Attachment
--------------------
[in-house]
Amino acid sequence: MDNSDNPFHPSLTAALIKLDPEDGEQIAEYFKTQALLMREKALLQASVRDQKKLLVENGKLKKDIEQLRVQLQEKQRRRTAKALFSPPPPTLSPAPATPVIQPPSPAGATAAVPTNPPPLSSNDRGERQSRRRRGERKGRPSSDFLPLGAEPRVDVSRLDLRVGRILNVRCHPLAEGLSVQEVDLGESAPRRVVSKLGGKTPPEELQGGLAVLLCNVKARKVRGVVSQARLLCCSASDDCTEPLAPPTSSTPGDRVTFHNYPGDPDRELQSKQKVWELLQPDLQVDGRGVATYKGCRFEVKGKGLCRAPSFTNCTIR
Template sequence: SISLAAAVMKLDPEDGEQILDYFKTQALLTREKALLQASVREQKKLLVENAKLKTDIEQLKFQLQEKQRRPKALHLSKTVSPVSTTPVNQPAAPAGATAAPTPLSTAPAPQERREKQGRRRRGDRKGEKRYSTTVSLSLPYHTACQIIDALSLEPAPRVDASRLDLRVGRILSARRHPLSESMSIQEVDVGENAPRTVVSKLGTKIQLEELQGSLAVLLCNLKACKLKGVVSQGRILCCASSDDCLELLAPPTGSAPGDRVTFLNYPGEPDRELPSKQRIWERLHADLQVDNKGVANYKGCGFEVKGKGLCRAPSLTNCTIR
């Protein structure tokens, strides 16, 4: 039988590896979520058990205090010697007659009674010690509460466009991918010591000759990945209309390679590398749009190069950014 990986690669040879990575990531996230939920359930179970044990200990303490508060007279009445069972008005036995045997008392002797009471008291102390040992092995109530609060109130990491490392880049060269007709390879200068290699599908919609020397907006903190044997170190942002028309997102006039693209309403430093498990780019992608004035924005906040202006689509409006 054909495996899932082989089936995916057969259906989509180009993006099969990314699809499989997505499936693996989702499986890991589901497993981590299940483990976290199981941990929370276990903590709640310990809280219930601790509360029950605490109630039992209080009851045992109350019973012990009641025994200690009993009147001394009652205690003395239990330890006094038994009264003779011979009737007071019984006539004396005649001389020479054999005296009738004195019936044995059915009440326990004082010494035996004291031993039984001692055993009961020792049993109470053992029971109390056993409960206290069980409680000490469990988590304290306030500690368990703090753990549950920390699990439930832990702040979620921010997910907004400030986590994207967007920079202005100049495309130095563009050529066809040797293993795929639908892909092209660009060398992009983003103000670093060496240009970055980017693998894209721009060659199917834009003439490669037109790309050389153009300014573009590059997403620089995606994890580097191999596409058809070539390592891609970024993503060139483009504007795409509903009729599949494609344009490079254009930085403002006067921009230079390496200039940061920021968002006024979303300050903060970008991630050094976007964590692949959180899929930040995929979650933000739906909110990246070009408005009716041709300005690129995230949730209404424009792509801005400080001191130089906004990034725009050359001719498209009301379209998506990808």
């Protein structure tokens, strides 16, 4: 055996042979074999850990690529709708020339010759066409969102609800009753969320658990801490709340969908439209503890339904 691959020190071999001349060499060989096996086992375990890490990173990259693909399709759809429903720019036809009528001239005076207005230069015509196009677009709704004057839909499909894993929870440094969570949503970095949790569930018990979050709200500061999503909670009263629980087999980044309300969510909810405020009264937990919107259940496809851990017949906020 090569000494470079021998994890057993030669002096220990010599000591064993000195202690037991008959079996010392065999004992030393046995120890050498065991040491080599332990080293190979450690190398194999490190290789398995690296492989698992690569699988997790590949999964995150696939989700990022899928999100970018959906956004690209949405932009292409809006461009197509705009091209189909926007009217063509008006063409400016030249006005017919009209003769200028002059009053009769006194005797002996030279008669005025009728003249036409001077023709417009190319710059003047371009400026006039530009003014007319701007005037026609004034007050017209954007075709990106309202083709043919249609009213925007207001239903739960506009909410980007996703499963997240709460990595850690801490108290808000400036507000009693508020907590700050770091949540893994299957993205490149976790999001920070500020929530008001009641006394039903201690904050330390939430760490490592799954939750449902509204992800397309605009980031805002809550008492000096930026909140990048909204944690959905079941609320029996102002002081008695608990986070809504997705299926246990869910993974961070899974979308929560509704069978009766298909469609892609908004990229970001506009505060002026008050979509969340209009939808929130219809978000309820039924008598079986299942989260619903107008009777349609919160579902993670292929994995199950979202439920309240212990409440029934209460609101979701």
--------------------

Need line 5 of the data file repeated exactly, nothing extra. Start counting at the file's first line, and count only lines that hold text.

């Protein structure tokens, strides 16, 4: 055996042979074999850990690529709708020339010759066409969102609800009753969320658990801490709340969908439209503890339904 691959020190071999001349060499060989096996086992375990890490990173990259693909399709759809429903720019036809009528001239005076207005230069015509196009677009709704004057839909499909894993929870440094969570949503970095949790569930018990979050709200500061999503909670009263629980087999980044309300969510909810405020009264937990919107259940496809851990017949906020 090569000494470079021998994890057993030669002096220990010599000591064993000195202690037991008959079996010392065999004992030393046995120890050498065991040491080599332990080293190979450690190398194999490190290789398995690296492989698992690569699988997790590949999964995150696939989700990022899928999100970018959906956004690209949405932009292409809006461009197509705009091209189909926007009217063509008006063409400016030249006005017919009209003769200028002059009053009769006194005797002996030279008669005025009728003249036409001077023709417009190319710059003047371009400026006039530009003014007319701007005037026609004034007050017209954007075709990106309202083709043919249609009213925007207001239903739960506009909410980007996703499963997240709460990595850690801490108290808000400036507000009693508020907590700050770091949540893994299957993205490149976790999001920070500020929530008001009641006394039903201690904050330390939430760490490592799954939750449902509204992800397309605009980031805002809550008492000096930026909140990048909204944690959905079941609320029996102002002081008695608990986070809504997705299926246990869910993974961070899974979308929560509704069978009766298909469609892609908004990229970001506009505060002026008050979509969340209009939808929130219809978000309820039924008598079986299942989260619903107008009777349609919160579902993670292929994995199950979202439920309240212990409440029934209460609101979701």